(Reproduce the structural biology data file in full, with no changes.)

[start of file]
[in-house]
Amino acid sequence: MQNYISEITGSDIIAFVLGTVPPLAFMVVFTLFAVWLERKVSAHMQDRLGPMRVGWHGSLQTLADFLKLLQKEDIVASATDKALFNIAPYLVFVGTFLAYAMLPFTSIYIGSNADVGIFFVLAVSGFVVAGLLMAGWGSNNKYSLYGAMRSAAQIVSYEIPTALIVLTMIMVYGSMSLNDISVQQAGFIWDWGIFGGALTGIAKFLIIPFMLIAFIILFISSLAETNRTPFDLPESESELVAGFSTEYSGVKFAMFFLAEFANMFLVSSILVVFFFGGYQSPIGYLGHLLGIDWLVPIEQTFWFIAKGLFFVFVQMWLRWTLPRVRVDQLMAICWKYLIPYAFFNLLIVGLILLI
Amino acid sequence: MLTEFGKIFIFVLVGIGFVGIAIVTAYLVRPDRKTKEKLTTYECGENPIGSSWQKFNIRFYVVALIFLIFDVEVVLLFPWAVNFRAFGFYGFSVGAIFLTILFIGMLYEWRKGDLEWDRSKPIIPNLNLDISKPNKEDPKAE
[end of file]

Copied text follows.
[in-house]
Amino acid sequence: MQNYISEITGSDIIAFVLGTVPPLAFMVVFTLFAVWLERKVSAHMQDRLGPMRVGWHGSLQTLADFLKLLQKEDIVASATDKALFNIAPYLVFVGTFLAYAMLPFTSIYIGSNADVGIFFVLAVSGFVVAGLLMAGWGSNNKYSLYGAMRSAAQIVSYEIPTALIVLTMIMVYGSMSLNDISVQQAGFIWDWGIFGGALTGIAKFLIIPFMLIAFIILFISSLAETNRTPFDLPESESELVAGFSTEYSGVKFAMFFLAEFANMFLVSSILVVFFFGGYQSPIGYLGHLLGIDWLVPIEQTFWFIAKGLFFVFVQMWLRWTLPRVRVDQLMAICWKYLIPYAFFNLLIVGLILLI
Amino acid sequence: MLTEFGKIFIFVLVGIGFVGIAIVTAYLVRPDRKTKEKLTTYECGENPIGSSWQKFNIRFYVVALIFLIFDVEVVLLFPWAVNFRAFGFYGFSVGAIFLTILFIGMLYEWRKGDLEWDRSKPIIPNLNLDISKPNKEDPKAE